The number of babies born globally as a result of assisted reproductive technology (ART) has reached an estimated 5 million since the first, Louise Brown, came into the world in July 1978. The figures will be presented this week at the 28th annual meeting of the European Society of Human Reproduction and Embryology (ESHRE), in Istanbul, Turkey.
Commenting on this remarkable milestone, Dr David Adamson, from Fertility Physicians of Northern California, in the US, and chairman of ICMART, said: “It means that this technology has been highly successful in treating infertile patients. Millions of families with children have been created, thereby reducing the burden of infertility.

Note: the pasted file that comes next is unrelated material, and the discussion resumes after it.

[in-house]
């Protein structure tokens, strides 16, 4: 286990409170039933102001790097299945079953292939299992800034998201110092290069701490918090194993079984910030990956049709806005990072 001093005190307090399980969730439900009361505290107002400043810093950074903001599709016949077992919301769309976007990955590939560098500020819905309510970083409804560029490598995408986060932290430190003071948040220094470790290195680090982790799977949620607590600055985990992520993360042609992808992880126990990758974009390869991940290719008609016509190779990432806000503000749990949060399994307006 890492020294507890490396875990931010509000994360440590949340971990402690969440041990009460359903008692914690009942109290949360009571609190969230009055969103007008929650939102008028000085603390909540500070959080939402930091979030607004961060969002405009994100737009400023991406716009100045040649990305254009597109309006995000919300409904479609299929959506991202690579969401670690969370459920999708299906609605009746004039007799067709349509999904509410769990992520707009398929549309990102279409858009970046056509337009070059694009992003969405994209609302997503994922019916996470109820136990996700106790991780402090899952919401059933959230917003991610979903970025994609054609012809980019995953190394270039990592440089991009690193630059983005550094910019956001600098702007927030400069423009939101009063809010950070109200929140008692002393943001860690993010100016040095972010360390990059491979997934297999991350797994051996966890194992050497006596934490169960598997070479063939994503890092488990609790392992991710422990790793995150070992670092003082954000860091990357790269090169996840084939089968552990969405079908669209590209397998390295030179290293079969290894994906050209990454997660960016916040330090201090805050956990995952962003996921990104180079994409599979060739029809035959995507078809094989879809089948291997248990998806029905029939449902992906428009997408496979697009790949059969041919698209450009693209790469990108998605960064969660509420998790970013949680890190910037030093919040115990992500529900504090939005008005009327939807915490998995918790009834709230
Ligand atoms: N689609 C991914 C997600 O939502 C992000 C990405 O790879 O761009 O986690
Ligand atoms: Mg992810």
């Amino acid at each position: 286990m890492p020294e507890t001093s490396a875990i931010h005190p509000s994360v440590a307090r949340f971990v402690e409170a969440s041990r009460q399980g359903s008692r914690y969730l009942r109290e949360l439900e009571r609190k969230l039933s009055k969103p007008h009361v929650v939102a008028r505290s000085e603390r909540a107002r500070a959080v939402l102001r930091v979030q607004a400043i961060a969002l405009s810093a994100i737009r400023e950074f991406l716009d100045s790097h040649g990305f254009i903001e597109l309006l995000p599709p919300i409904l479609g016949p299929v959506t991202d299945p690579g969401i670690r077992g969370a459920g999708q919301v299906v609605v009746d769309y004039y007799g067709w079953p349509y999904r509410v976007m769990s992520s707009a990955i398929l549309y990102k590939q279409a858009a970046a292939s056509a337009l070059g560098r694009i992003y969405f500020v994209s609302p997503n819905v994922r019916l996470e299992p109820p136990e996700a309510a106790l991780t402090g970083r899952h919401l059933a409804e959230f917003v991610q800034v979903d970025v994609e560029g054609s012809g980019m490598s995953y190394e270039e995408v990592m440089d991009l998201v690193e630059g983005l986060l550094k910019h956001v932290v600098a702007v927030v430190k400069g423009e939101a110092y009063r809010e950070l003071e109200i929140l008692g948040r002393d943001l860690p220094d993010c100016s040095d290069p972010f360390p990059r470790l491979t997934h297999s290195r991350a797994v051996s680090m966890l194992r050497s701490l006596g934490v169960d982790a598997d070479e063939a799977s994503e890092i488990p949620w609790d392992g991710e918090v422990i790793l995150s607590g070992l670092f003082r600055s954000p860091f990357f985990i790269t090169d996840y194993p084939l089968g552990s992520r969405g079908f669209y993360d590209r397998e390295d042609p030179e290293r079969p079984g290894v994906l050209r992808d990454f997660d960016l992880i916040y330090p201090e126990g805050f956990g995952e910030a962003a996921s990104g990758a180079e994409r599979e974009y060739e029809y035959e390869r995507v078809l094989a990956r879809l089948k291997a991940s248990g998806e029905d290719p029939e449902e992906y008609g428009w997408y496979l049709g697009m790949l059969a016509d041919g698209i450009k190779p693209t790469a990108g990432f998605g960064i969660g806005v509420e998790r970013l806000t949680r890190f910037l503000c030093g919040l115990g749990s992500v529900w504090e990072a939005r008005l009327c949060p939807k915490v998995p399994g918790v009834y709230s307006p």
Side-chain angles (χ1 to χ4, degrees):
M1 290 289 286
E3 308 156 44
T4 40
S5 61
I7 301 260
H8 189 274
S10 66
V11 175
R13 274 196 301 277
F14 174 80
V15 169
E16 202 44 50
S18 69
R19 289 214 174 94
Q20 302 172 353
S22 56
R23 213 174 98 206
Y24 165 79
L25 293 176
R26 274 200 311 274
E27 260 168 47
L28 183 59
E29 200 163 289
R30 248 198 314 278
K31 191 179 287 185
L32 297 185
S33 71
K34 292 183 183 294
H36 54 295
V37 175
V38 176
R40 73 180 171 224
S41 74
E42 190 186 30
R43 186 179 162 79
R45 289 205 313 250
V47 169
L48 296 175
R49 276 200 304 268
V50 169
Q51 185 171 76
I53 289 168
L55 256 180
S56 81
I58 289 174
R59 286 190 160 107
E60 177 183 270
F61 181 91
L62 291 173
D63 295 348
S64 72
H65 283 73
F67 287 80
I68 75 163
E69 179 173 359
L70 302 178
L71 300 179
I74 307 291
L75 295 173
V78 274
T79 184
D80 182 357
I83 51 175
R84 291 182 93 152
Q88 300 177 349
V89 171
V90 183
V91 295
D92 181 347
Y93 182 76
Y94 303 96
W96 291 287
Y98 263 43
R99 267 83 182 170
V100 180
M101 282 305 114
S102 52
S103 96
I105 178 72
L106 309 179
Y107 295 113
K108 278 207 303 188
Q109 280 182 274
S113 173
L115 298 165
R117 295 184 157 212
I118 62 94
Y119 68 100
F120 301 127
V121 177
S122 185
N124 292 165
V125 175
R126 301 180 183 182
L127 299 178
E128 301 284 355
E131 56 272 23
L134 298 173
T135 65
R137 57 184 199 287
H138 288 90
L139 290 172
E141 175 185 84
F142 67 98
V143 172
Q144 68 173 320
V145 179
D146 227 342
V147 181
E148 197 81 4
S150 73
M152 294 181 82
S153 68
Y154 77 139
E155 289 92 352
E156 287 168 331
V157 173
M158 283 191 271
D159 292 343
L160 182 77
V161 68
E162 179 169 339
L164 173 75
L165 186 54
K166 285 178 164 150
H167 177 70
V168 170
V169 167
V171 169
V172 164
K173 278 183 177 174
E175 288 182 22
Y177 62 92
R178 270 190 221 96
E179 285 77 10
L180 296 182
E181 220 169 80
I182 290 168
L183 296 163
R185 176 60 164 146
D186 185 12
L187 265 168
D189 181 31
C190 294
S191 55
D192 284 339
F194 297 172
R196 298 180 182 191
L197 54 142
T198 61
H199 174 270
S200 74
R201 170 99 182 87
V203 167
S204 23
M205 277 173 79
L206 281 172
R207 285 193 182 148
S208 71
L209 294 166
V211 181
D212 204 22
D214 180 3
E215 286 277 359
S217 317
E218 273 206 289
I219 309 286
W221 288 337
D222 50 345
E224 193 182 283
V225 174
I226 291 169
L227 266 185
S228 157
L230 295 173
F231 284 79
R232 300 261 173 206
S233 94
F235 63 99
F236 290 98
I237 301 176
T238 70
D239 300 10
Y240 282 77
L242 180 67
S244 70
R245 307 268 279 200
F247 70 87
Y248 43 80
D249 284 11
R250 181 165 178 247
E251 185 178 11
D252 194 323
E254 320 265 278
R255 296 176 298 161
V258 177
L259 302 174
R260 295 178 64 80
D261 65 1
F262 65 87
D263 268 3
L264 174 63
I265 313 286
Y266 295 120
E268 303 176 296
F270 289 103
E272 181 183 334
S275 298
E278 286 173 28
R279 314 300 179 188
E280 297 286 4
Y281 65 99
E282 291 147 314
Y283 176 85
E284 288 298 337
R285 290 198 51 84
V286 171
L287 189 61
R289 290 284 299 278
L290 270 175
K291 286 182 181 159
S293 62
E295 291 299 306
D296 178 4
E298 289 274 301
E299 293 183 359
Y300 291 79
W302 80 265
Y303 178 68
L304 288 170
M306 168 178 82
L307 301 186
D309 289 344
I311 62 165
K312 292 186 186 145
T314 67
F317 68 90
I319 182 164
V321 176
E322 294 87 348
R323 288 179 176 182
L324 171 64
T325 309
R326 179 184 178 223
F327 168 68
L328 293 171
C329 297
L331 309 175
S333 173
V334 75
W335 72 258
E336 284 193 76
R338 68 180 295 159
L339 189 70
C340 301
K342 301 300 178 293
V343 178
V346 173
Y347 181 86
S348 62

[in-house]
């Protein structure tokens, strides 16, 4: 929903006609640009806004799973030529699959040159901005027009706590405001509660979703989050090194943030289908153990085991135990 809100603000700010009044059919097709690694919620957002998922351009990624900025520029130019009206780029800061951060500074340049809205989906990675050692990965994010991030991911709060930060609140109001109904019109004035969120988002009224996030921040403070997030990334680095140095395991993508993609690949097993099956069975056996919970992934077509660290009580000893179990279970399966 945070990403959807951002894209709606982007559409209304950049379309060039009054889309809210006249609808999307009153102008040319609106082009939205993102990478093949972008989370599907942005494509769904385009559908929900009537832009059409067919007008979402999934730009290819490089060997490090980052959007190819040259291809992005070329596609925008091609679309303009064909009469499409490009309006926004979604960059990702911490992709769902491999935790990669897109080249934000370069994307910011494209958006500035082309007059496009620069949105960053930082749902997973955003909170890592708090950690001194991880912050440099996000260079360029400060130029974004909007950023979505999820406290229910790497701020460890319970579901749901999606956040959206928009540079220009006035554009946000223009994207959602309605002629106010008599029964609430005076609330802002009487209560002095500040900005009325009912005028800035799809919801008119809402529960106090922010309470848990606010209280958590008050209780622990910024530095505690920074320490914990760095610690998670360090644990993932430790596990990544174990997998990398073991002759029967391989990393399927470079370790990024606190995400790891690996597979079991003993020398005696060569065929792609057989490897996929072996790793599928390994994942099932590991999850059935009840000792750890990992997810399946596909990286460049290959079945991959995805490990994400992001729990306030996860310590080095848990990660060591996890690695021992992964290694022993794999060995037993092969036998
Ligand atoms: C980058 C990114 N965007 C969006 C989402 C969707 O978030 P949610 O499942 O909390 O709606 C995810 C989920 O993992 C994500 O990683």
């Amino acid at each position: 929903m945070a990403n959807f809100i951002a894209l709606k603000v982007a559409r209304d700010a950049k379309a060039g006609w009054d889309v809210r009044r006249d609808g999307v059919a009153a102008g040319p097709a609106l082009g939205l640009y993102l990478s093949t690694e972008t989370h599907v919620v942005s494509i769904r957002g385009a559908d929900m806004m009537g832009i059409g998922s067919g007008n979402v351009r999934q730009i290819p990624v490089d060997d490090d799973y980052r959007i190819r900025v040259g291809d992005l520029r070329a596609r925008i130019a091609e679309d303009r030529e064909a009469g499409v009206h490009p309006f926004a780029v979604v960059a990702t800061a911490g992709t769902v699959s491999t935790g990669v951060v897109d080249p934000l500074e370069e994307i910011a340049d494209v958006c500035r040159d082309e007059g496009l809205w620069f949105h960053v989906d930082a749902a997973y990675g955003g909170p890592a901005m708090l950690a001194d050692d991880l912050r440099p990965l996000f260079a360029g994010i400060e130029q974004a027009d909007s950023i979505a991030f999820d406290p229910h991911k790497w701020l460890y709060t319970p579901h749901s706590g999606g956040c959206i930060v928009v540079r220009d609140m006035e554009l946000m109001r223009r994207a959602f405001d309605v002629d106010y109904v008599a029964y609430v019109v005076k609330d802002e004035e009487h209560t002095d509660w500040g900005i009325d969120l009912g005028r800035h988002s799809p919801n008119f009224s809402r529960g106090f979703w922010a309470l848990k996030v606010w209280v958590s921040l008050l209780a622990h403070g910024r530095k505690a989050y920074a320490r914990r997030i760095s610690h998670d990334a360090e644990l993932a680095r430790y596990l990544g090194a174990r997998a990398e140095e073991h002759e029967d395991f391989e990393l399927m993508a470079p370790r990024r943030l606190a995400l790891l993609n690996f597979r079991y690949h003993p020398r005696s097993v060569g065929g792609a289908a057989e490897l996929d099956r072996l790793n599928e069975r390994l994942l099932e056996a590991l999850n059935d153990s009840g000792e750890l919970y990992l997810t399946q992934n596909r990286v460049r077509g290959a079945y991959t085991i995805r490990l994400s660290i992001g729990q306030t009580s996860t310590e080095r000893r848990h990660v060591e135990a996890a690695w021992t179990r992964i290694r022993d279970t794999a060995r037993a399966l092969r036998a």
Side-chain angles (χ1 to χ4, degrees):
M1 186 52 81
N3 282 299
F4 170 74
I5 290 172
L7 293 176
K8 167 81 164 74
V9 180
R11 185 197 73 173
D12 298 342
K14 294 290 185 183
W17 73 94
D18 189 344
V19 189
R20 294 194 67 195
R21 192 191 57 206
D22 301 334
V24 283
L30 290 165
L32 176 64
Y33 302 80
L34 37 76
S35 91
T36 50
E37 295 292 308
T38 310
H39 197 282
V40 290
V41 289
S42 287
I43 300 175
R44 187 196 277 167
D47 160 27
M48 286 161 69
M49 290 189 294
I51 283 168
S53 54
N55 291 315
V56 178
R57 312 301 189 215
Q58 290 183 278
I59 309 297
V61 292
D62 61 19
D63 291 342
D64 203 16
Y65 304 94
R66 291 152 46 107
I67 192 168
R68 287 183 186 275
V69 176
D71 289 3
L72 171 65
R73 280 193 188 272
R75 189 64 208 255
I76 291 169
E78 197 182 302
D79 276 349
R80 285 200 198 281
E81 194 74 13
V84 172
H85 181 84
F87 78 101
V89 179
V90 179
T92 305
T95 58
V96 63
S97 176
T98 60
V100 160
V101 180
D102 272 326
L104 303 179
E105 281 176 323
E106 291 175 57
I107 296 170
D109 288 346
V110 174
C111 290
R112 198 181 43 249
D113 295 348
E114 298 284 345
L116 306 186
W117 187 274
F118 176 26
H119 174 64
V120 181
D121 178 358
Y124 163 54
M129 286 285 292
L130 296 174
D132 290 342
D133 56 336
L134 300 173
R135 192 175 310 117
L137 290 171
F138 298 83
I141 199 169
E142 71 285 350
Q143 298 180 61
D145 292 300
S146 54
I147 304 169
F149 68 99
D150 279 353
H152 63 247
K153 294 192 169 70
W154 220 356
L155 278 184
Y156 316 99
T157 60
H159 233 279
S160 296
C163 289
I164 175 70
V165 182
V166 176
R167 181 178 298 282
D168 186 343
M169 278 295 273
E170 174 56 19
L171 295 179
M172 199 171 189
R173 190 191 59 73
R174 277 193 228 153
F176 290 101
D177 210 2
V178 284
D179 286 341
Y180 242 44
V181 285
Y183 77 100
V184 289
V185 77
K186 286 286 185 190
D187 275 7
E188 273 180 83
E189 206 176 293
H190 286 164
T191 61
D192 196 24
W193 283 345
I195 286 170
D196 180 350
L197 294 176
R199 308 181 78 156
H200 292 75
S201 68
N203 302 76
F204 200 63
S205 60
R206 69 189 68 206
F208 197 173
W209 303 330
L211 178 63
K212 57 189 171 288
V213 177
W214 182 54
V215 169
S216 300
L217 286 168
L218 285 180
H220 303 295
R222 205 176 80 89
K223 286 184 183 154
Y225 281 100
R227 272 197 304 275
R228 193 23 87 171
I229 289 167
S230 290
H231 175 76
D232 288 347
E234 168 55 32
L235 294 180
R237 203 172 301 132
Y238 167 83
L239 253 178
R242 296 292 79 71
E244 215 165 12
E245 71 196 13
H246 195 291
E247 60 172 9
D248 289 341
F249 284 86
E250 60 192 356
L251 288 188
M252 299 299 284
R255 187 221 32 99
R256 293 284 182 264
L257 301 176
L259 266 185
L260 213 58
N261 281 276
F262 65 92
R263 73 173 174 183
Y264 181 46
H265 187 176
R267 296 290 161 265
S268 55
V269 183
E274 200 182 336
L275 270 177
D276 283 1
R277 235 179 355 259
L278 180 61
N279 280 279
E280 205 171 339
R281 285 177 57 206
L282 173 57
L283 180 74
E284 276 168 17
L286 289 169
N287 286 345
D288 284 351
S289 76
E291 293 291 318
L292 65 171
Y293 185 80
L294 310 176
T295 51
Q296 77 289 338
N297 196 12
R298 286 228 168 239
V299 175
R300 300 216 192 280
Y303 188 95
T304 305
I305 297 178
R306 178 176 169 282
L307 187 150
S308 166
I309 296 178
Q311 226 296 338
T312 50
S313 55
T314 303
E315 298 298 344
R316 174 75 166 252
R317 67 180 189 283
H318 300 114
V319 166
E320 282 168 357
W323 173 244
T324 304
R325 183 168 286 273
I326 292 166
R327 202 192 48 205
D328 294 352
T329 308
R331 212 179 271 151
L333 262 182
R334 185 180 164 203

“The technology has improved greatly over the years to increase pregnancy rates. The babies are as healthy as those from other infertile patients who conceive spontaneously. The technology is available globally in many different cultures. The major barriers to access are economic, and societal in some situations.
“With these accomplishments as a technology, and with recognition of Professor Robert Edwards as a Nobel laureate, IVF is firmly established now in the mainstream of medicine.”